4 Steps to Healthier Surroundings

If you're eager to be a positive force, there’s no shortage of people that could use some help. In 1994, 10-20% of every U.S. state’s population was considered obese. By 2001, the numbers in 30 states grew to 20% or more. According to the American Medical Association, more than 1 of every 4 adults in Alabama is obese.
 
Being overweight is an international problem, and it just keeps getting worse. This is bad news, but could be great for you because it gives you the chance to make a real difference. You can use what you’ve learned to make a dent in those trends. All while making an even bigger dent in your waistline.

Here are some simple strategies to follow when you’re looking to build healthy surroundings:
 
1. Find reasons to get people together

This is a leadership practice that can easily boost your consistency and drive. A simple idea might be to form a group of people around common goals, like a running club. Instead of putting all of your energy into your own program, try to bring others along. By holding them accountable and motivating them, you’ll get better at doing it for yourself. What groups are you a member of? What personal interest can you combine with social time?

2. Create opportunities to trade knowledge

You have a lot to teach others. You also have a lot to learn. Can you set something up where people are learning from each other on a regular basis? Maybe a weekly cooking class. Or a Workout Exchange, where people trade ideas for “Fitting in Fitness.” Or lead a discussion about why chocolate is not a food group. What are you already good at? What do you get compliments on? What do you like to talk about?

3. Focus on pushing others and you’ll end up challenging yourself

A strong example of this opened the eyes of our founder, Chris, before he started SparkPeople. While at his last job, Chris started an exercise streak. Every day on his door, he posted the number of days in a row he had done some exercise, no matter how small. He eventually posted ‘100’ then ‘200’ on his door. One day, a woman across the hall followed his example and posted a '1' on her door, starting her own streak. After seeing great changes in her appearance, she was inspired to organize fitness programs and activities for others. She made a big difference because Chris had unwittingly helped motivate her. In return, Chris was inspired and challenged to start SparkPeople.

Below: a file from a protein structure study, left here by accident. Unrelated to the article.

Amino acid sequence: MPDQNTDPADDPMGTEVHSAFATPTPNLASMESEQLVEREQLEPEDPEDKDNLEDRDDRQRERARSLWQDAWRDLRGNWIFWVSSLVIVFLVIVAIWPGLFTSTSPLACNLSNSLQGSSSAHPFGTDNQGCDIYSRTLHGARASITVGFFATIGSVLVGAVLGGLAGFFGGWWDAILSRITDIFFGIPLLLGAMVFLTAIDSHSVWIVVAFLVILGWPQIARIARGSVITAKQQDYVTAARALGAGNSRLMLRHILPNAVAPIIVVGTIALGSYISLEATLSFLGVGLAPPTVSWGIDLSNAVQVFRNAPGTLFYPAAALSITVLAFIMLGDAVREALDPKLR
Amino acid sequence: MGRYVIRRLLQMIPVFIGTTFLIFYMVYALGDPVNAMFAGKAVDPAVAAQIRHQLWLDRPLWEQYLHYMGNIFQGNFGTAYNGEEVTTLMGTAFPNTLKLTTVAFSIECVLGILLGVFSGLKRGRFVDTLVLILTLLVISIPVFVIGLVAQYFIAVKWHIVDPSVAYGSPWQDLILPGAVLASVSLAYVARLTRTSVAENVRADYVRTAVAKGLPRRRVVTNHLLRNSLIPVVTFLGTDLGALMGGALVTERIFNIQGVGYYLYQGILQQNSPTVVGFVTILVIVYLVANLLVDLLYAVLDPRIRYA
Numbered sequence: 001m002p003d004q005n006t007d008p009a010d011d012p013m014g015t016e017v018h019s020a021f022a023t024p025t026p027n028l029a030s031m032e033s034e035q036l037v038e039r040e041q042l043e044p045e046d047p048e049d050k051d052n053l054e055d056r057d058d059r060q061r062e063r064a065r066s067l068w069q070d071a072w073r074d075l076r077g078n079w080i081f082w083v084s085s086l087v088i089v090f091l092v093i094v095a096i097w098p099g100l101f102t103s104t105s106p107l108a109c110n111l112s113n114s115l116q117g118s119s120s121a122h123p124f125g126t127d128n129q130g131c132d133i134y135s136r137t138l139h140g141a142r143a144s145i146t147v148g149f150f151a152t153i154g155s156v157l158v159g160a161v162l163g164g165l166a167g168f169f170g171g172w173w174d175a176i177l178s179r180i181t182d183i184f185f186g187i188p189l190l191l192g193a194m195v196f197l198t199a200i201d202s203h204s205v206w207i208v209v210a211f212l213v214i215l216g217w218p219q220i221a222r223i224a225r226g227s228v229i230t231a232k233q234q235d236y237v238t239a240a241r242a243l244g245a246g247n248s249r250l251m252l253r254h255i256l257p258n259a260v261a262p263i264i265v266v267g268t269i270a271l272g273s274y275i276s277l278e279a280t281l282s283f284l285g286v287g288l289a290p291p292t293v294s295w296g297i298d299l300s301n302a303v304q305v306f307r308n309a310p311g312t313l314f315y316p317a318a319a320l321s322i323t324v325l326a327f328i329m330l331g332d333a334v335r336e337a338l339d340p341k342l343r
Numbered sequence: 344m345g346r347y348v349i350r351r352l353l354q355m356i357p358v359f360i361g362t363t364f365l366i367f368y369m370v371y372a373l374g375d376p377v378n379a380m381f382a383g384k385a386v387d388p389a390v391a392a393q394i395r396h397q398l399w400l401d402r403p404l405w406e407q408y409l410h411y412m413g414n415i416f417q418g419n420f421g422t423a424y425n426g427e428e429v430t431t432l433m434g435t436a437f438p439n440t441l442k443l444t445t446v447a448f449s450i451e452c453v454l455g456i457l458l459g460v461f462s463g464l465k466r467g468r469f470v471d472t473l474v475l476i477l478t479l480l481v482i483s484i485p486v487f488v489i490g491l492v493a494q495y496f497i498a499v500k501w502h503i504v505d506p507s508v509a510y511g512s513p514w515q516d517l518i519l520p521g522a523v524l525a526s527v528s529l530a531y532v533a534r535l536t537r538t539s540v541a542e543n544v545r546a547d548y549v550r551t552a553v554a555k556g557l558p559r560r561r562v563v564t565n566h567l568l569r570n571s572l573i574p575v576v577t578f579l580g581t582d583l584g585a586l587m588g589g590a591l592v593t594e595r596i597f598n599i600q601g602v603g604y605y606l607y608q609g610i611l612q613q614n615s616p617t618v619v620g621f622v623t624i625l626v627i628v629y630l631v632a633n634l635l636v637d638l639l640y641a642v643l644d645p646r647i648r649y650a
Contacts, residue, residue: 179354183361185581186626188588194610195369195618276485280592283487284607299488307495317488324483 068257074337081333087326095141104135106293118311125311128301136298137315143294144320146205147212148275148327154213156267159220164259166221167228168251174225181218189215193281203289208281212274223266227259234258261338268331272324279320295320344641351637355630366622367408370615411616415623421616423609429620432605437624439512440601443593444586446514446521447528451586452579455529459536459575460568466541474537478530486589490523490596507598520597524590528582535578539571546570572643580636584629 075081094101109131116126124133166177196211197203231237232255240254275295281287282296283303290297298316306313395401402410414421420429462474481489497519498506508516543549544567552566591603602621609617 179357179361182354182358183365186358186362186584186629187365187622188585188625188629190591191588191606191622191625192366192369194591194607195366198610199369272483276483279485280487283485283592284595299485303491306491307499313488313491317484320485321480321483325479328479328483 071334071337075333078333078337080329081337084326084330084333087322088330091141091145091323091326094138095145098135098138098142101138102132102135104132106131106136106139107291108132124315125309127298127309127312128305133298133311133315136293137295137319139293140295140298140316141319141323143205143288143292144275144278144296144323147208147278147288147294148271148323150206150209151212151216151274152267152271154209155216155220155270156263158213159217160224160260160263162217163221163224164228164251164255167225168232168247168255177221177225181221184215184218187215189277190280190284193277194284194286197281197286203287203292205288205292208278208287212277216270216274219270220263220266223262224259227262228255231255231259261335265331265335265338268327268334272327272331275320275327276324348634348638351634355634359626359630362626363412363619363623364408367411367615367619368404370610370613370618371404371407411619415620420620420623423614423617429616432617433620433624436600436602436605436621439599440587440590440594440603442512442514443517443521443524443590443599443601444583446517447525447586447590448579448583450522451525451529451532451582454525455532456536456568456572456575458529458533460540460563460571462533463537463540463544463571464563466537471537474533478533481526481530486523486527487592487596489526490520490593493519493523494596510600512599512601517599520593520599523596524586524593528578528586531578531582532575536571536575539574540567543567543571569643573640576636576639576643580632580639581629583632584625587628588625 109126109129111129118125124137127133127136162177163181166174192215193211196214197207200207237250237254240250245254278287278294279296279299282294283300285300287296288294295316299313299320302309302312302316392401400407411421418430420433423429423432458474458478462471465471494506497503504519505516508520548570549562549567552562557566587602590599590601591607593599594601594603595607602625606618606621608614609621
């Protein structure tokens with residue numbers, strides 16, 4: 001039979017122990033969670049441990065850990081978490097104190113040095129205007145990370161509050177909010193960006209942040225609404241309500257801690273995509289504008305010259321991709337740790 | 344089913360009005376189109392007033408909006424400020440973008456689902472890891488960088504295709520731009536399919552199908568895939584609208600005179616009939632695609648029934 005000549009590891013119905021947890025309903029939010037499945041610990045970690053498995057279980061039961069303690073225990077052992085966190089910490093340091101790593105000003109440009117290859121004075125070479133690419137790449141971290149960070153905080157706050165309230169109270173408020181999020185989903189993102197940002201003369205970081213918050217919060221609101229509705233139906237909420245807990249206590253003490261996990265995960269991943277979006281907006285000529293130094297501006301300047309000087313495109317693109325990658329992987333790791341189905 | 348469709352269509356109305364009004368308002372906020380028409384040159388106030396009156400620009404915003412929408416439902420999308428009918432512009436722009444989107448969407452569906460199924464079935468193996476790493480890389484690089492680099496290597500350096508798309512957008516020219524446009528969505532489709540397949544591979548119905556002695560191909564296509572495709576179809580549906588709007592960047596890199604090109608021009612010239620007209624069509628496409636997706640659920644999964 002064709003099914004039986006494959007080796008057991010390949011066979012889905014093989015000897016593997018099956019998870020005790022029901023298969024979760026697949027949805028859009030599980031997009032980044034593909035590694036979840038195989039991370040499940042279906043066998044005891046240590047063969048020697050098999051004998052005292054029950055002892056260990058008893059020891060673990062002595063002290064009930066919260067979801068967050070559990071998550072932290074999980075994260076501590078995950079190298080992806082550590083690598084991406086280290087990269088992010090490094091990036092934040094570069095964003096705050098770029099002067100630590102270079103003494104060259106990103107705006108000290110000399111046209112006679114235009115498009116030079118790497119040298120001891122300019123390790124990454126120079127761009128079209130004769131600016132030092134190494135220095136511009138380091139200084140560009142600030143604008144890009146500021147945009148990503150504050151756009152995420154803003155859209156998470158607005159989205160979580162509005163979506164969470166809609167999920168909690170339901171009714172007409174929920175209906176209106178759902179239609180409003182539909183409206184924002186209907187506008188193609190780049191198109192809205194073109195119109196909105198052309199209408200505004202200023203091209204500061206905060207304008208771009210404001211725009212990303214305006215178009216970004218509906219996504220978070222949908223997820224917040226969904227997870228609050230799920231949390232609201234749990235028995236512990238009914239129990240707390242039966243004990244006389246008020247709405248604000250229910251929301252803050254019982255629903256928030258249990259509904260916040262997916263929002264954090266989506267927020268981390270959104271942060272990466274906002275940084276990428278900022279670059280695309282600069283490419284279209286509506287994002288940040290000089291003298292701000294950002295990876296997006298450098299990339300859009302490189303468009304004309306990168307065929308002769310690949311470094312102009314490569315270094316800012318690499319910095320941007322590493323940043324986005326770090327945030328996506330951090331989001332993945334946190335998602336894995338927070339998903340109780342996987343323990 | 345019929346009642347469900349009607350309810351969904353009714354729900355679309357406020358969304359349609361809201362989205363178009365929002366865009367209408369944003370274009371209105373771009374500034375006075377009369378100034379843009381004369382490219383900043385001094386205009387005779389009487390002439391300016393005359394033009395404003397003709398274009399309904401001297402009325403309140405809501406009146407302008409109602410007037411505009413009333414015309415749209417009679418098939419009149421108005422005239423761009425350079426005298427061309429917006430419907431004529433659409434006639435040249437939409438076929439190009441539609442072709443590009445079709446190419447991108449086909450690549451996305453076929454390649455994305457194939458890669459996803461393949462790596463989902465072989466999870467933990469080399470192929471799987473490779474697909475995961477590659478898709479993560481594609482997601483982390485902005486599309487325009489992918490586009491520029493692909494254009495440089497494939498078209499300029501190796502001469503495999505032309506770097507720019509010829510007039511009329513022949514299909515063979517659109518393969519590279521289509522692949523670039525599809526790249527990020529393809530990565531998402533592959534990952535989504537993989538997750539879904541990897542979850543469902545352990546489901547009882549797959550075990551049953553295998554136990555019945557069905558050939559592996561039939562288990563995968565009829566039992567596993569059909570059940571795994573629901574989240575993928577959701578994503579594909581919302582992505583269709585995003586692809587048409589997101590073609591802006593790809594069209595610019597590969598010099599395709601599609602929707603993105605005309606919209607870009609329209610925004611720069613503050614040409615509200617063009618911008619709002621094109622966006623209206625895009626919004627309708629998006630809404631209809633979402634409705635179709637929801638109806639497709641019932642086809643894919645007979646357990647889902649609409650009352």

4. Use positive peer pressure

A simple way to do this is to just live as an example. This motivates others while keeping your own standards of conduct high. The other day, several of us went to the local pizza joint for lunch. After sitting down with our collection of personal pizzas, a curious thing happened. One woman in our group started dabbing the extra grease off the top of her pizza with a napkin. She did it without fanfair or announcement. It was just a habit of hers. But then the man to her left started doing it too. Then the guy across from him. And on down the line until the whole table was dabbing away. We saw her doing something smart and healthy, and instinctively knew that we should do the same. One by one, we imitated her without too much thought – and probably picked up a new habit in the process.

Click here to to redeem your SparkPoints
  You will earn 5 SparkPoints

Member Comments

Great! I also learn by exama Report
This artical is 15 years old... Report
Good article Report
My "Ladies Group" meets once a momth at one of our homes. The hostess prepares/buys the meal and beverages for all when it is her turn. It's so nice to be treated to a lovely dinner with good friends. And only have to do it once a year, not bring a potluck item each time. I notice most of us now try tasty new and healthy recipes and desserts. Report